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Old 25-12-2009, 09:54 PM posted to alt.food.wine
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Default Gevrey-Chambertin Under the Tree

It's a 2005 Chanson Gevrey-Chambertin and I can't find a review for it
anywhere.

Any tips or informed opinions? Quoting from the Chanson web page . . .

Site : Gevrey Chambertin is located in the "Côte de Nuits". The grapes
stem from a selected plot in the northern part of Appellation "Gevrey
Chambertin" located on a mid slope and bordering the Premiers Crus.
The grapes are sourced from a partner winegrower. Picking of the
grapes by our teams.

I'm wondering how the Côte de Nuits stacks up against the other
appellations of Bourgogne? I once read that Napoleon would not go
into battle without his many casks of red Montrachet right along with
his caissons and cannon.
--
S.

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Old 26-12-2009, 01:08 AM posted to alt.food.wine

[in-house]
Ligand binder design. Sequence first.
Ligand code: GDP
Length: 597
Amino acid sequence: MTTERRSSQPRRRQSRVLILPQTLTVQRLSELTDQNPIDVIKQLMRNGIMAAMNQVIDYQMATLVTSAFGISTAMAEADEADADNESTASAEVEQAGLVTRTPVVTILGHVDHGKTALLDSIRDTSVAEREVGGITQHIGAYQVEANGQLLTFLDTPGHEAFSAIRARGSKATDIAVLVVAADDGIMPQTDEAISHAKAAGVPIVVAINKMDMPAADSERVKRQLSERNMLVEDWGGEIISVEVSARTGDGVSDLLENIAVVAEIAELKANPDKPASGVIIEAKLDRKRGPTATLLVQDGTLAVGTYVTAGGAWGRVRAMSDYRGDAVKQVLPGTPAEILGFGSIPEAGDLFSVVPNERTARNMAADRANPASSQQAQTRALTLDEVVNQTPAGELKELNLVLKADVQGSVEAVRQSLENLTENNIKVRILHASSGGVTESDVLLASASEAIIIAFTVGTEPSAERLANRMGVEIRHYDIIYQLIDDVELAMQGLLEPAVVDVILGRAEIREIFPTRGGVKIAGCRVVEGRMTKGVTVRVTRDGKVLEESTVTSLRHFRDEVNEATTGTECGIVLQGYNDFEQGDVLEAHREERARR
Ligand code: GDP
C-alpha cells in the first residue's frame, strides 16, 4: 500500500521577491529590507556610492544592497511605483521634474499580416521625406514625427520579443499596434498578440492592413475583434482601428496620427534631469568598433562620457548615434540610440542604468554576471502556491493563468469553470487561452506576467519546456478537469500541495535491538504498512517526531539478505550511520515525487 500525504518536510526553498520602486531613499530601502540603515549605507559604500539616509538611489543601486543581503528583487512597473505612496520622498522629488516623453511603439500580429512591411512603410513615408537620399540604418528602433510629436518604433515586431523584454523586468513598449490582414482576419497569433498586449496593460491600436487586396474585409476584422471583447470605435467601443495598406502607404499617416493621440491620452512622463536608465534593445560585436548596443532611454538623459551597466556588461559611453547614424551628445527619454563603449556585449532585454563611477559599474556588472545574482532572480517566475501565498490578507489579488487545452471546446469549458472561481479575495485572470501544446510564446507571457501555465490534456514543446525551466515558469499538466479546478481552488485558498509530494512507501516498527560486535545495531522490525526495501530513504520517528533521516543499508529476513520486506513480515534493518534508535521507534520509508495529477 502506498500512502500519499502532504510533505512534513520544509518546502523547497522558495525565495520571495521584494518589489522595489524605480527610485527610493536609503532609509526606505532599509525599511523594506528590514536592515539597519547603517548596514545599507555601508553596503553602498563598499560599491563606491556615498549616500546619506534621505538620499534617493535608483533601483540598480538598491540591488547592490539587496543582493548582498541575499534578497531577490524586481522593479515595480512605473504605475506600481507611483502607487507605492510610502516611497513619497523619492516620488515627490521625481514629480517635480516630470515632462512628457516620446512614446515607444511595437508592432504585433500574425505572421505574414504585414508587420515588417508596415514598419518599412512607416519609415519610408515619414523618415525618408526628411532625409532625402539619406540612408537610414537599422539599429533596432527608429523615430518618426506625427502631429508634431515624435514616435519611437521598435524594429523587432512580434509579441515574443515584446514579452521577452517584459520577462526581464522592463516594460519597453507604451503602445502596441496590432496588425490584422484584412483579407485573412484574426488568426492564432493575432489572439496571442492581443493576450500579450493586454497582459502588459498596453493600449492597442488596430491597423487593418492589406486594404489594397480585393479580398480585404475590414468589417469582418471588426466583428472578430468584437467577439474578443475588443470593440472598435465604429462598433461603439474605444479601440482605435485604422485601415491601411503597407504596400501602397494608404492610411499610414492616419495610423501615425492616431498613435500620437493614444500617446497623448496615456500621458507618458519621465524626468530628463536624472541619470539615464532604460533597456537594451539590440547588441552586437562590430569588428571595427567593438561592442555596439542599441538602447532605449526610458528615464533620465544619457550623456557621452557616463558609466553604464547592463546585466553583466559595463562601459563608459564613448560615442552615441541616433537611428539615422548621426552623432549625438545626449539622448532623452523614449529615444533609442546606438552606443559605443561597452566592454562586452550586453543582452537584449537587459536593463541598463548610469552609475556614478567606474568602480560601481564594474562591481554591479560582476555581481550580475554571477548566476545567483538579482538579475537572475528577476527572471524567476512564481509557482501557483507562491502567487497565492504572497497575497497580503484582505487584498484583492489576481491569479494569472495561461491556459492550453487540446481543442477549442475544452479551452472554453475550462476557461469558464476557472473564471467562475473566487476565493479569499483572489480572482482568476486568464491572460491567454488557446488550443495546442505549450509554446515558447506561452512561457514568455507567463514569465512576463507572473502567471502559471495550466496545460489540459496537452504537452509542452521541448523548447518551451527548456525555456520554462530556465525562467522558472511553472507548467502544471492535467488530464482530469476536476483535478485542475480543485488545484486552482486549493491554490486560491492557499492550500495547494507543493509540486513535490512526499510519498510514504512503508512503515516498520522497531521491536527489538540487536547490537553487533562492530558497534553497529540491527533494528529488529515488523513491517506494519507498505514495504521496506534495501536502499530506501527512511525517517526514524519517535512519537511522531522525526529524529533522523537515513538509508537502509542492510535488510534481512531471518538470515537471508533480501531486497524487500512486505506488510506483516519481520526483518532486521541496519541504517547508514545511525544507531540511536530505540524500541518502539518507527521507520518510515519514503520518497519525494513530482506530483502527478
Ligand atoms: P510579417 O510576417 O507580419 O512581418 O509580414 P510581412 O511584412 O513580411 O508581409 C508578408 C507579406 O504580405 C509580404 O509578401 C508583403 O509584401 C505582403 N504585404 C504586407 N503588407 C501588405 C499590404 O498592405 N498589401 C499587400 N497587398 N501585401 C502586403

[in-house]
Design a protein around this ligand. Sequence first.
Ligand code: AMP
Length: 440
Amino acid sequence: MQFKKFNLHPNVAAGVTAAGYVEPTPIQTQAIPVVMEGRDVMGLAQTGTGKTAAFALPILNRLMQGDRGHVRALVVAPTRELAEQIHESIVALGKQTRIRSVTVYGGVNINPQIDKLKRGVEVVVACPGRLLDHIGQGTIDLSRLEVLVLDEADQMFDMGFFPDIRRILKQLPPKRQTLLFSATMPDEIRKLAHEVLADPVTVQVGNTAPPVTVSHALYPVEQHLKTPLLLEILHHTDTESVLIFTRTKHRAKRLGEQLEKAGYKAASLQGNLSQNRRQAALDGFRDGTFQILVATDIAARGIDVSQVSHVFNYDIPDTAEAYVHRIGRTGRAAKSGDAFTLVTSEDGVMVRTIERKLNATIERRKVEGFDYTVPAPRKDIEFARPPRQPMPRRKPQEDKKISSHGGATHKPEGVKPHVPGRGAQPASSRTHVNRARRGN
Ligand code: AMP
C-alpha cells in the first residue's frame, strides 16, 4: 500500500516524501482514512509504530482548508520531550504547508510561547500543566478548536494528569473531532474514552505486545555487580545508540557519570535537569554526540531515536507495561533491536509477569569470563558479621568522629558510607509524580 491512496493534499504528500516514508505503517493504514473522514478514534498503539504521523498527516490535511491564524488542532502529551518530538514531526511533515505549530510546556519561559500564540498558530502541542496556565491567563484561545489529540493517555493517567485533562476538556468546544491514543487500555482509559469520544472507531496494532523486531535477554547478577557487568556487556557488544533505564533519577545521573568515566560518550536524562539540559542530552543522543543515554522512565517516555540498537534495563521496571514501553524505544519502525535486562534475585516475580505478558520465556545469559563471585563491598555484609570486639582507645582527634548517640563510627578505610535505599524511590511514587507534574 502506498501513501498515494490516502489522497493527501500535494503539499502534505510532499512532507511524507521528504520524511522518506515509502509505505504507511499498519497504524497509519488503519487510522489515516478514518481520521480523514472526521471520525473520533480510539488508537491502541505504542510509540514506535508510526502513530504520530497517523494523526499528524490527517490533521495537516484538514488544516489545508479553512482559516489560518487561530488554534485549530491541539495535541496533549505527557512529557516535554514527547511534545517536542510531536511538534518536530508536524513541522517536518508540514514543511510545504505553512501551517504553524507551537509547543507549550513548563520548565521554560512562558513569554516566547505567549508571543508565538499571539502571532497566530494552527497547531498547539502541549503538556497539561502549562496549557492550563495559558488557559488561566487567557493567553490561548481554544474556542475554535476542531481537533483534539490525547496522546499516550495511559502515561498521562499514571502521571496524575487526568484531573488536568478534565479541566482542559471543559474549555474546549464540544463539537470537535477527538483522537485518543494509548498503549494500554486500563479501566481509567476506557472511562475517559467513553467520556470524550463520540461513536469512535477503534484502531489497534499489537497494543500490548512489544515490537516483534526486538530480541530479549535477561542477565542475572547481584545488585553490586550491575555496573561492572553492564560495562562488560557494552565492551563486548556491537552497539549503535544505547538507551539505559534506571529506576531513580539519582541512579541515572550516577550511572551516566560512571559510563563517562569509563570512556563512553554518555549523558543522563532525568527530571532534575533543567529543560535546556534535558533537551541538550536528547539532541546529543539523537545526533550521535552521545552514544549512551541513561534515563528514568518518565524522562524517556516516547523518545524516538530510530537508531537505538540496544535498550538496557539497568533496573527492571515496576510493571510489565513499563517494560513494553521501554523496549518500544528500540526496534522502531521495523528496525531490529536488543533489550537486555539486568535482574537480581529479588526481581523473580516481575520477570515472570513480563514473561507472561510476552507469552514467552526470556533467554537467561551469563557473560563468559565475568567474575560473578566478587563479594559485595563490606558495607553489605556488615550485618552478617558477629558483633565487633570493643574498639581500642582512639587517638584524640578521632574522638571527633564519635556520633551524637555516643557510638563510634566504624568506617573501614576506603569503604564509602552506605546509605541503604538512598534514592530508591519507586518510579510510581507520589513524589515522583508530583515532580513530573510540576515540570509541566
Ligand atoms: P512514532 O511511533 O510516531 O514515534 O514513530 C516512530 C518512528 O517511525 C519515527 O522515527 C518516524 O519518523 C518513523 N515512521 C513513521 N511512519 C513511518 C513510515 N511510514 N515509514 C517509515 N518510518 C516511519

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Default Gevrey-Chambertin Under the Tree

Gevrey-Chambertin is an AOC (and a village) in Côte de Nuits (an area
comprising several villages including Chambolle-Musigny, Nuits-St.Georges,
Morey St.Denis or Vosne-Romanée), which is part of the Côte d'Or.

See a map here (scroll down a bit, you'll see a map in three):
http://www.bourgogne-panorama.com/th...f_cyte_dor.php

The terroir of Gevrey-Chambertin reminds me of a wild animal, with lots of
character which is easy to understand. Wines can be quite upfront, and many
may display some sort of gamey character. When a friend asks me about
Bourgogne and they want to taste a nice wine that they can understand and
appreciate, I usually recommend them starting in Gevrey.

2005 is a good vintage, the brand is not one of the big names of the AOC,
so my guess is that it should be drinkable now.

Enjoy,

s.


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Old 27-12-2009, 01:05 PM posted to alt.food.wine
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Default Gevrey-Chambertin Under the Tree

On Dec 25, 4:54*pm, Seymour wrote:
It's a 2005 Chanson Gevrey-Chambertin and I can't find a review for it
anywhere.

Any tips or informed opinions? Quoting from the Chanson web page . . .

Site : Gevrey Chambertin is located in the "Côte de Nuits". The grapes
stem from a selected plot in the northern part of Appellation "Gevrey